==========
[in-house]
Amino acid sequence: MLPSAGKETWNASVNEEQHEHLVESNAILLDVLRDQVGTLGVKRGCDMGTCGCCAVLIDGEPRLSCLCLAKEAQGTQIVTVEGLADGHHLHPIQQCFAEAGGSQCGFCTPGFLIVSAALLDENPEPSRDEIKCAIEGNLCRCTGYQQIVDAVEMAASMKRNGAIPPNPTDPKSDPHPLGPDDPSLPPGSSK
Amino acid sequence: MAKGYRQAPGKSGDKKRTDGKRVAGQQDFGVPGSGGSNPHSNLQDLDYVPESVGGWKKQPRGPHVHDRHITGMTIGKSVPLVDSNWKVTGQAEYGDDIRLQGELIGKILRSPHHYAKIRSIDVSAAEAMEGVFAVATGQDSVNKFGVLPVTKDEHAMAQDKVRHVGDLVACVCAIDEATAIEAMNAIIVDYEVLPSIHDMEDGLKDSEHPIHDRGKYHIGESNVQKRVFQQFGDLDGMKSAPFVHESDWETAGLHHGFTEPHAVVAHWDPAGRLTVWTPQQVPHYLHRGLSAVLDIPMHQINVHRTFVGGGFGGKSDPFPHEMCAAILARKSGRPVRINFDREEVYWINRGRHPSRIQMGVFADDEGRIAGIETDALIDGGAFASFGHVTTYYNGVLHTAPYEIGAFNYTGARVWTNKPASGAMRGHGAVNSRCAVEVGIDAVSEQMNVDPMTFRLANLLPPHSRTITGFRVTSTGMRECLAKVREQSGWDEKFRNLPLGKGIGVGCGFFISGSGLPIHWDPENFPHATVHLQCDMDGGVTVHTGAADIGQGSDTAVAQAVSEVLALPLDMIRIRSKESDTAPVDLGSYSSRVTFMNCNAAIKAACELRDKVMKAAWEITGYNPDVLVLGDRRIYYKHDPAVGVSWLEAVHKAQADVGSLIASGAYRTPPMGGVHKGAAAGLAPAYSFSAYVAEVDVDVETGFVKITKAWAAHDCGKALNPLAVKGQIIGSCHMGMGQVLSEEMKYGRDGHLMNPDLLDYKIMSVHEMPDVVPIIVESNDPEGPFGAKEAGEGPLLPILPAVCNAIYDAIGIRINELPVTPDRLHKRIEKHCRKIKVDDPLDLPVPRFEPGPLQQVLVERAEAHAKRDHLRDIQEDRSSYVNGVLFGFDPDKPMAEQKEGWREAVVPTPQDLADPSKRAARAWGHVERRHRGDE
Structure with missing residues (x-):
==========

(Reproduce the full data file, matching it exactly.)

[in-house]
Amino acid sequence: MLPSAGKETWNASVNEEQHEHLVESNAILLDVLRDQVGTLGVKRGCDMGTCGCCAVLIDGEPRLSCLCLAKEAQGTQIVTVEGLADGHHLHPIQQCFAEAGGSQCGFCTPGFLIVSAALLDENPEPSRDEIKCAIEGNLCRCTGYQQIVDAVEMAASMKRNGAIPPNPTDPKSDPHPLGPDDPSLPPGSSK
Amino acid sequence: MAKGYRQAPGKSGDKKRTDGKRVAGQQDFGVPGSGGSNPHSNLQDLDYVPESVGGWKKQPRGPHVHDRHITGMTIGKSVPLVDSNWKVTGQAEYGDDIRLQGELIGKILRSPHHYAKIRSIDVSAAEAMEGVFAVATGQDSVNKFGVLPVTKDEHAMAQDKVRHVGDLVACVCAIDEATAIEAMNAIIVDYEVLPSIHDMEDGLKDSEHPIHDRGKYHIGESNVQKRVFQQFGDLDGMKSAPFVHESDWETAGLHHGFTEPHAVVAHWDPAGRLTVWTPQQVPHYLHRGLSAVLDIPMHQINVHRTFVGGGFGGKSDPFPHEMCAAILARKSGRPVRINFDREEVYWINRGRHPSRIQMGVFADDEGRIAGIETDALIDGGAFASFGHVTTYYNGVLHTAPYEIGAFNYTGARVWTNKPASGAMRGHGAVNSRCAVEVGIDAVSEQMNVDPMTFRLANLLPPHSRTITGFRVTSTGMRECLAKVREQSGWDEKFRNLPLGKGIGVGCGFFISGSGLPIHWDPENFPHATVHLQCDMDGGVTVHTGAADIGQGSDTAVAQAVSEVLALPLDMIRIRSKESDTAPVDLGSYSSRVTFMNCNAAIKAACELRDKVMKAAWEITGYNPDVLVLGDRRIYYKHDPAVGVSWLEAVHKAQADVGSLIASGAYRTPPMGGVHKGAAAGLAPAYSFSAYVAEVDVDVETGFVKITKAWAAHDCGKALNPLAVKGQIIGSCHMGMGQVLSEEMKYGRDGHLMNPDLLDYKIMSVHEMPDVVPIIVESNDPEGPFGAKEAGEGPLLPILPAVCNAIYDAIGIRINELPVTPDRLHKRIEKHCRKIKVDDPLDLPVPRFEPGPLQQVLVERAEAHAKRDHLRDIQEDRSSYVNGVLFGFDPDKPMAEQKEGWREAVVPTPQDLADPSKRAARAWGHVERRHRGDE
Structure with missing residues (x-):